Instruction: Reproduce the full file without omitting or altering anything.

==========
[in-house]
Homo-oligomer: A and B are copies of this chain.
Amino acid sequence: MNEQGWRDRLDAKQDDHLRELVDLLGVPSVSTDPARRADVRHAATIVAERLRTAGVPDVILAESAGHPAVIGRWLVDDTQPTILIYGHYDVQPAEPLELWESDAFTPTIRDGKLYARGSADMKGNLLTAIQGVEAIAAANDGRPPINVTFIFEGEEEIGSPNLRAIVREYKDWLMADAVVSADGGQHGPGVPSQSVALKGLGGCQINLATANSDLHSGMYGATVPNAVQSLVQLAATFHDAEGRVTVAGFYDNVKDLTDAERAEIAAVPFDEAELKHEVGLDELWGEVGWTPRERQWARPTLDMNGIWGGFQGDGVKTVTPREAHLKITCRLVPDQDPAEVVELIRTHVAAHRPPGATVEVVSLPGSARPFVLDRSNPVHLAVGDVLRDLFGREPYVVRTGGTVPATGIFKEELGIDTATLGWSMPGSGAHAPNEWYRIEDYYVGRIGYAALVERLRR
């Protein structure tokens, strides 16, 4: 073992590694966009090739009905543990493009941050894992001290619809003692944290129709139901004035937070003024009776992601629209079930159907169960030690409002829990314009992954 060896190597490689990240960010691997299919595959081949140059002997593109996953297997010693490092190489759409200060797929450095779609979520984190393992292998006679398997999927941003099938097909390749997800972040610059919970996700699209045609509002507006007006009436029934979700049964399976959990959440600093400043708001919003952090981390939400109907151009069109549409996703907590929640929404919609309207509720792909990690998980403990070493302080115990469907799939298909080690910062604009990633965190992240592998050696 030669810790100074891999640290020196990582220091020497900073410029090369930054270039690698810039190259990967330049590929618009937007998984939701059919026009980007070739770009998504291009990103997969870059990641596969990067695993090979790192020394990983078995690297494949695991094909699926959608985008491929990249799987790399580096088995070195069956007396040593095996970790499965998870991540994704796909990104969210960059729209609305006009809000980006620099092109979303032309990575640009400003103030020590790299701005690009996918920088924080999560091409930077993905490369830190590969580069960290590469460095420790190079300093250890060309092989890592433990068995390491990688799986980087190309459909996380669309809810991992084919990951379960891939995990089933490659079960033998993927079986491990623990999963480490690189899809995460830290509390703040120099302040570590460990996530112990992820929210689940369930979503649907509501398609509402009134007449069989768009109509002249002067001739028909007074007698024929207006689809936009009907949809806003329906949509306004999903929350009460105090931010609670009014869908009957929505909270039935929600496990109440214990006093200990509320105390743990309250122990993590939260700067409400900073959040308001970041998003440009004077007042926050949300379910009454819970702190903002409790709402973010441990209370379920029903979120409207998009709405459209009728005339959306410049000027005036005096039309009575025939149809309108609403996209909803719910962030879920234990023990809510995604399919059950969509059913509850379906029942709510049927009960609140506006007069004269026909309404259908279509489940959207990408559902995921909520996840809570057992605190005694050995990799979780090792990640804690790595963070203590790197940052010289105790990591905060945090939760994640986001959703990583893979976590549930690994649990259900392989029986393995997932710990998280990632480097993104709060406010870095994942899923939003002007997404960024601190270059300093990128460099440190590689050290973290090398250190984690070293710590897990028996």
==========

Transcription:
[in-house]
Homo-oligomer: A and B are copies of this chain.
Amino acid sequence: MNEQGWRDRLDAKQDDHLRELVDLLGVPSVSTDPARRADVRHAATIVAERLRTAGVPDVILAESAGHPAVIGRWLVDDTQPTILIYGHYDVQPAEPLELWESDAFTPTIRDGKLYARGSADMKGNLLTAIQGVEAIAAANDGRPPINVTFIFEGEEEIGSPNLRAIVREYKDWLMADAVVSADGGQHGPGVPSQSVALKGLGGCQINLATANSDLHSGMYGATVPNAVQSLVQLAATFHDAEGRVTVAGFYDNVKDLTDAERAEIAAVPFDEAELKHEVGLDELWGEVGWTPRERQWARPTLDMNGIWGGFQGDGVKTVTPREAHLKITCRLVPDQDPAEVVELIRTHVAAHRPPGATVEVVSLPGSARPFVLDRSNPVHLAVGDVLRDLFGREPYVVRTGGTVPATGIFKEELGIDTATLGWSMPGSGAHAPNEWYRIEDYYVGRIGYAALVERLRR
């Protein structure tokens, strides 16, 4: 073992590694966009090739009905543990493009941050894992001290619809003692944290129709139901004035937070003024009776992601629209079930159907169960030690409002829990314009992954 060896190597490689990240960010691997299919595959081949140059002997593109996953297997010693490092190489759409200060797929450095779609979520984190393992292998006679398997999927941003099938097909390749997800972040610059919970996700699209045609509002507006007006009436029934979700049964399976959990959440600093400043708001919003952090981390939400109907151009069109549409996703907590929640929404919609309207509720792909990690998980403990070493302080115990469907799939298909080690910062604009990633965190992240592998050696 030669810790100074891999640290020196990582220091020497900073410029090369930054270039690698810039190259990967330049590929618009937007998984939701059919026009980007070739770009998504291009990103997969870059990641596969990067695993090979790192020394990983078995690297494949695991094909699926959608985008491929990249799987790399580096088995070195069956007396040593095996970790499965998870991540994704796909990104969210960059729209609305006009809000980006620099092109979303032309990575640009400003103030020590790299701005690009996918920088924080999560091409930077993905490369830190590969580069960290590469460095420790190079300093250890060309092989890592433990068995390491990688799986980087190309459909996380669309809810991992084919990951379960891939995990089933490659079960033998993927079986491990623990999963480490690189899809995460830290509390703040120099302040570590460990996530112990992820929210689940369930979503649907509501398609509402009134007449069989768009109509002249002067001739028909007074007698024929207006689809936009009907949809806003329906949509306004999903929350009460105090931010609670009014869908009957929505909270039935929600496990109440214990006093200990509320105390743990309250122990993590939260700067409400900073959040308001970041998003440009004077007042926050949300379910009454819970702190903002409790709402973010441990209370379920029903979120409207998009709405459209009728005339959306410049000027005036005096039309009575025939149809309108609403996209909803719910962030879920234990023990809510995604399919059950969509059913509850379906029942709510049927009960609140506006007069004269026909309404259908279509489940959207990408559902995921909520996840809570057992605190005694050995990799979780090792990640804690790595963070203590790197940052010289105790990591905060945090939760994640986001959703990583893979976590549930690994649990259900392989029986393995997932710990998280990632480097993104709060406010870095994942899923939003002007997404960024601190270059300093990128460099440190590689050290973290090398250190984690070293710590897990028996």